A new guide provides an introduction to how research in the health and care sector in Norwegian municipalities can be carried out.
Many people are interested in doing research on Norwegian municipalities, and the municipalities want to facilitate this.
The Health and Care Services Act states that the municipalities shall contribute to and facilitate research. That is why UiA's Centre for Care Research is launching a guide for such research, Veiviser for forskning i helse og omsorgstjenestene i kommunene.
The target group is researchers, municipal leaders, managers and other municipal employees interested in research.
“Several municipalities are currently systematically working with research. Many are already great facilitators for research activities. At the same time, we know that some struggle to get started or succeed. In this guide, we put emphasis on describing the research process well and giving good advice on the planning and implementation of research projects,” says Fredwall.
The guide is aimed at stimulating research based on day-to-day practice and help services to adopt new knowledge to face future challenges.
The guide is a heavily revised edition of a research handbook that came out in 2014. The new edition is already available at omsorgsbiblioteket.no. It is free to download.
Torunn Wibe is a specialist consultant at the Centre for Development of Institutional and Home Care Services in Oslo. She welcomes the new guide.
“It provides an up-to-date and easy-to-understand description of how the municipalities can fulfil their interest and meet their responsibility to contribute to and facilitate research on municipal health services. We get answers to why, what and how. It also provides insight into the value of good cooperation between municipalities and research institutions,” she says.
Here is some of the content covered in the guide:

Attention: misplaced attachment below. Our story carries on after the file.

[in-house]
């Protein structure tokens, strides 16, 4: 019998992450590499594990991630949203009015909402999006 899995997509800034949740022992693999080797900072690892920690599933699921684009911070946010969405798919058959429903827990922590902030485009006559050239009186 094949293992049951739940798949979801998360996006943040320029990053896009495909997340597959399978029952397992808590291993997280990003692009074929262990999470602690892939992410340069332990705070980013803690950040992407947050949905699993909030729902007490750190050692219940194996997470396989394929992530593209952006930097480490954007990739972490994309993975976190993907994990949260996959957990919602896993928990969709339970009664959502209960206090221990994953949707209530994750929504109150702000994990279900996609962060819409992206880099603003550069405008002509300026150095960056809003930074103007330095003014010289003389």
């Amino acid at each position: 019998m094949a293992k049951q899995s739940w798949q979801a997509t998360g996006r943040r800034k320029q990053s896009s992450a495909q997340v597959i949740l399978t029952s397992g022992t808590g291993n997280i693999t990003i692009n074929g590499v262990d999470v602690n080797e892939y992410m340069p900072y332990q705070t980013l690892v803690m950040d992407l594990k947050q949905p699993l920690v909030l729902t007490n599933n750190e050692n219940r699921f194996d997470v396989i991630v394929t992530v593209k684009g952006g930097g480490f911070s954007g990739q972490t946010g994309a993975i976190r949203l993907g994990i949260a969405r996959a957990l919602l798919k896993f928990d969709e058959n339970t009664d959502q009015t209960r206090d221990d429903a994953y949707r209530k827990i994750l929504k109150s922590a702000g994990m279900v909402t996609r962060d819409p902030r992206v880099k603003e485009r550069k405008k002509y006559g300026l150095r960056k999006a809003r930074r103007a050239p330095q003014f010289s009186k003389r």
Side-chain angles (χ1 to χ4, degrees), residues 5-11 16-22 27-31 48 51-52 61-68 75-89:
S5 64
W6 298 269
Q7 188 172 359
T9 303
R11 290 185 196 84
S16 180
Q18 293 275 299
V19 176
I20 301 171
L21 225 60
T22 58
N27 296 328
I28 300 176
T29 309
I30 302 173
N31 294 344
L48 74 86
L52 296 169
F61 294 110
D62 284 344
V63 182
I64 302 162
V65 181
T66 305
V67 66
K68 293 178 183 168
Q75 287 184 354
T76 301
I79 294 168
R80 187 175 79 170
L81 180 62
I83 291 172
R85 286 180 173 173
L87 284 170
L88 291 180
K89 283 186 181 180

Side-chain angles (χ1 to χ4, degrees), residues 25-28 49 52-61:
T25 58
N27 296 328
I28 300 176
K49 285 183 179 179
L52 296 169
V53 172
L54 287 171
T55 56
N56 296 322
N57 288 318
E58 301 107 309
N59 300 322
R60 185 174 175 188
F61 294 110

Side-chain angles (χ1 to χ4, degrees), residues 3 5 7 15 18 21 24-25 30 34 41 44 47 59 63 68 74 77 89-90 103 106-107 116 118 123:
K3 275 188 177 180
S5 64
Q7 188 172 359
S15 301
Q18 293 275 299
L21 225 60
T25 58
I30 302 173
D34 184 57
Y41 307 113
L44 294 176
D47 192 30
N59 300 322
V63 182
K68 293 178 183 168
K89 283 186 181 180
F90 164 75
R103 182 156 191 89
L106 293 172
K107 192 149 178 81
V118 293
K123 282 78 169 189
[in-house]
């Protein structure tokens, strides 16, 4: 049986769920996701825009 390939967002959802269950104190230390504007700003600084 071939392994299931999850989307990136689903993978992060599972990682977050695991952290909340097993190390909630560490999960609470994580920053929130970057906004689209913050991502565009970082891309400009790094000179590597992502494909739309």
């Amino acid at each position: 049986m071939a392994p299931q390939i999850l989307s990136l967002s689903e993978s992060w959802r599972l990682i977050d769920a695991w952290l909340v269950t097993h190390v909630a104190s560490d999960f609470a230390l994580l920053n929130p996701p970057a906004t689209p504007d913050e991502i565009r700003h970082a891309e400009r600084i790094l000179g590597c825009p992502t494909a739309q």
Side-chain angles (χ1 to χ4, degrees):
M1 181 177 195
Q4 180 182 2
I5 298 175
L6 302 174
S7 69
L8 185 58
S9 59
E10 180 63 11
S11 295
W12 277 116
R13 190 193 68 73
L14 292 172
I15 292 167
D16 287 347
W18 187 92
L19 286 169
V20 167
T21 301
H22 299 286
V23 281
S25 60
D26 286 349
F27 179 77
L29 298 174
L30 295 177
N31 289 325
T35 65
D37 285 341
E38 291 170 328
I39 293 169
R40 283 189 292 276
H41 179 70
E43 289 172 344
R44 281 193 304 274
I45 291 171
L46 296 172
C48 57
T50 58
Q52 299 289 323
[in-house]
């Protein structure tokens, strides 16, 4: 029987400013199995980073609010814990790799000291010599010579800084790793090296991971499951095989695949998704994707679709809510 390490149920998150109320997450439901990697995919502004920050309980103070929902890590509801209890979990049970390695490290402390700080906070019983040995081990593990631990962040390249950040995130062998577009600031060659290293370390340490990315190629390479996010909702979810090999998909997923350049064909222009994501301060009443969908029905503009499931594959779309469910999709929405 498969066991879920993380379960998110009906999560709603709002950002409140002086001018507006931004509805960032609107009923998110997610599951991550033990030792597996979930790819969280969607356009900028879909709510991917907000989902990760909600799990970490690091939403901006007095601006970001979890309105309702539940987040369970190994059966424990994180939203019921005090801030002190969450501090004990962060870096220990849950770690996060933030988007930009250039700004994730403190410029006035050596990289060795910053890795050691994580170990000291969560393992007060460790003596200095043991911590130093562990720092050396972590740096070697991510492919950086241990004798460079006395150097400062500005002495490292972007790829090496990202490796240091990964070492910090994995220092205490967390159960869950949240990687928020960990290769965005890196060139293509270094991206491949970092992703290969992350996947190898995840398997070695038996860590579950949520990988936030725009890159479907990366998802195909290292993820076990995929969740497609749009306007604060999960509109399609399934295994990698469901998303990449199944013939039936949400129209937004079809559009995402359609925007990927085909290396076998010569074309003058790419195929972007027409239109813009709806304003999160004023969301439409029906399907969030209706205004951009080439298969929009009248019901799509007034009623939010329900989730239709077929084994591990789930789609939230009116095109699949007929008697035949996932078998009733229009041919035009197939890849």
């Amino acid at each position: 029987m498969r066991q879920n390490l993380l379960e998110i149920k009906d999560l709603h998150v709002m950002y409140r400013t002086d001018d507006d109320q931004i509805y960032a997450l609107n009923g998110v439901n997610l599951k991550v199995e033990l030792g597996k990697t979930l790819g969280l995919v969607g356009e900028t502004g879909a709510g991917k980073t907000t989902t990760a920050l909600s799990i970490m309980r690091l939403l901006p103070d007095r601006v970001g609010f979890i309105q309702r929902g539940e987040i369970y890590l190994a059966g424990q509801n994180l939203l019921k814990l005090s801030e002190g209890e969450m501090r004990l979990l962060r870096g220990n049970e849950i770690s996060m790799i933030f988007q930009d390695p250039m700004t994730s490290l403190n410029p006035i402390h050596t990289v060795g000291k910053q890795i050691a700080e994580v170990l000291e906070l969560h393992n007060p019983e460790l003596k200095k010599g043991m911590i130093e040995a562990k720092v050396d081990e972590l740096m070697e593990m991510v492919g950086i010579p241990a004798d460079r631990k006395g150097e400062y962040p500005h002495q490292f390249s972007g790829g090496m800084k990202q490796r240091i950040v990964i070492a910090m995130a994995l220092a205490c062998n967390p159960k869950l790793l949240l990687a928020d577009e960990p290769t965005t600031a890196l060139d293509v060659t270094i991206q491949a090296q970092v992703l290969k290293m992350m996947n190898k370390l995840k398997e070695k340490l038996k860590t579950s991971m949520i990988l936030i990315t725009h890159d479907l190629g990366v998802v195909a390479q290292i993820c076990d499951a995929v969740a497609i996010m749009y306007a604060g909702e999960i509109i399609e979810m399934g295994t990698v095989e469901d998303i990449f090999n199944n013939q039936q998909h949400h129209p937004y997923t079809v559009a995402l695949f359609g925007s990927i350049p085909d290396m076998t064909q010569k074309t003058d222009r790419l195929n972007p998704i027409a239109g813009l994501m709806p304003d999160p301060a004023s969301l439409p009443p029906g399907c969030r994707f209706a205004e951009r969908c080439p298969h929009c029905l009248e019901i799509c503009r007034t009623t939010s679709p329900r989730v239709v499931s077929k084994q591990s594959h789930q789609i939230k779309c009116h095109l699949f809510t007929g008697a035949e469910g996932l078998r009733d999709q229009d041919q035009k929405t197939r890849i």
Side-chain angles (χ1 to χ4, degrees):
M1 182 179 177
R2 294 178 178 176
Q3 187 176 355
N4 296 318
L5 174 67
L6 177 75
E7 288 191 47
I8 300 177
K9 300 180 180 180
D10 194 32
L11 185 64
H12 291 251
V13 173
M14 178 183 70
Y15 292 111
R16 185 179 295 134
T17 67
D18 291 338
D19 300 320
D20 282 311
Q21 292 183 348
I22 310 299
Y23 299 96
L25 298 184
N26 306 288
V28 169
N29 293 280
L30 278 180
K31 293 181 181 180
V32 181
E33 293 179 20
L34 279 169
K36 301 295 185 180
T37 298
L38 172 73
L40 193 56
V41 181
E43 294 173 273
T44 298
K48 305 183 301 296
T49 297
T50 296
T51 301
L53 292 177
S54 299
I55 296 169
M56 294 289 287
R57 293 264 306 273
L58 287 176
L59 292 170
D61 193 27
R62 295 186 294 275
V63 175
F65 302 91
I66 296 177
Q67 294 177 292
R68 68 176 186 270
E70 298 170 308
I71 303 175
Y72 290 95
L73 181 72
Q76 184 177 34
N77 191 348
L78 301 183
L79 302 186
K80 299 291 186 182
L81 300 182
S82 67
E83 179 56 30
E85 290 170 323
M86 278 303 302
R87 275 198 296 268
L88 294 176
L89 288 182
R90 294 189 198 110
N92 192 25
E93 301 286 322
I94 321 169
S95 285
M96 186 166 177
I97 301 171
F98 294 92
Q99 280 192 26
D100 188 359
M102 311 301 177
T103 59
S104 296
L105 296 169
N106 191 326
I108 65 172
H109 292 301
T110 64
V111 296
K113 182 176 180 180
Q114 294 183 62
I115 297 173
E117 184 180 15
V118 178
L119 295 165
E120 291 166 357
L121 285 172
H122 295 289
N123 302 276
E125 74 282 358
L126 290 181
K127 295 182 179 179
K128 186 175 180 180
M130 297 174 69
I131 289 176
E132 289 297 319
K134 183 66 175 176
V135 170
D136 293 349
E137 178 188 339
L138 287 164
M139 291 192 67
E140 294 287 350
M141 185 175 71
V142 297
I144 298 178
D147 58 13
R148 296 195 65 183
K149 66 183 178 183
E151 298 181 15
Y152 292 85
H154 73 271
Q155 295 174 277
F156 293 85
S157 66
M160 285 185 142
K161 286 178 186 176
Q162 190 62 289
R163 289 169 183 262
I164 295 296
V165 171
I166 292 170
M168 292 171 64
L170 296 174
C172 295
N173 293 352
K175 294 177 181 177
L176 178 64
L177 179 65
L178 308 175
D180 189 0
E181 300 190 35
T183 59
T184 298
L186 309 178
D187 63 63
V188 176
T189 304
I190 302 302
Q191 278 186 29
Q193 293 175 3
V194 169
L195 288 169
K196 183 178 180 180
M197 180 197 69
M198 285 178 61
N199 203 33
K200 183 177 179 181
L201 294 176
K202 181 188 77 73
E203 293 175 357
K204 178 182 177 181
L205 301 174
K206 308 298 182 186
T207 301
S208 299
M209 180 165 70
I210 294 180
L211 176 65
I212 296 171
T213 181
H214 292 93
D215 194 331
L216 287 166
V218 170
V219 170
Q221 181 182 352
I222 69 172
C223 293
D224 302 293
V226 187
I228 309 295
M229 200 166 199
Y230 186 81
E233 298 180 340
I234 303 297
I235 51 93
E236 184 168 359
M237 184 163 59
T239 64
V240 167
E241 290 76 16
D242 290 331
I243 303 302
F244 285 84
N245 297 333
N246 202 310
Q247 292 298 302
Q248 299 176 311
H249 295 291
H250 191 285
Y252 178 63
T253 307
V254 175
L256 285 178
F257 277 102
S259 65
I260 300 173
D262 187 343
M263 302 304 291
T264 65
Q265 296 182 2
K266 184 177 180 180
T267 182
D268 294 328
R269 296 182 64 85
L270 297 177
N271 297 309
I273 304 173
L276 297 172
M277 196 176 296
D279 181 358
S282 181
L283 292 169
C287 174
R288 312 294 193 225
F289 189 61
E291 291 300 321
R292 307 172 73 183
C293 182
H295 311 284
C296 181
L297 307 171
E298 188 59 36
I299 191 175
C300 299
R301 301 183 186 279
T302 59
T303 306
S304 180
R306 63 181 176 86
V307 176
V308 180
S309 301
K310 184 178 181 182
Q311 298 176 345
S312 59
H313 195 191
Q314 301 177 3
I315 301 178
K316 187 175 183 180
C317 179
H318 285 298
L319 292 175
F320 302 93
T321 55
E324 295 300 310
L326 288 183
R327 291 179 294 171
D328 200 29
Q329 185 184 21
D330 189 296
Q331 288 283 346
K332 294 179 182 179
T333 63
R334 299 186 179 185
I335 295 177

Municipalities in Norway have been given greater responsibilities within healthcare in recent years, while research efforts and capacity have not kept pace.
Lars Bergesen, adviser for research, innovation and education in the knowledge cluster Kunnskapskommunen Helse Omsorg Vest, believes this is changing.
“That is why it is very important that the municipalities equip themselves to become good research players,” he says.
Bergesen thinks the guide provides a good overview of research in the sector and believes that it can be of great help in knowledge work.
In addition to Disch and Fredwall, Kathrine Cappelen, Oddvar Førland and Hanne Rostad are also behind the book. The publication is funded by the Norwegian Directorate of Health.
Lars Bergesen thinks that the guide should be read by managers and key personnel in the health sector, who have the opportunity to influence and strengthen knowledge work in the municipalities.
“It is important that research is not just something that the enthusiasts and experts in the municipalities deal with. Work must be done at system level to develop a culture for thinking about research and establishing an evidence-base in the municipal sector,” he says.
This view is shared by Torunn Wibe:
“We need research that strengthens the evidence-base for decision-making in the municipalities in the coming years. If the research focuses more on the needs of the municipality it increases the chance that the results will be useful and of interest to more people than just the researchers.”
“If this guide can challenge the municipality to take a more active role as an initiator of and participant in research, then there is reason to be satisfied.”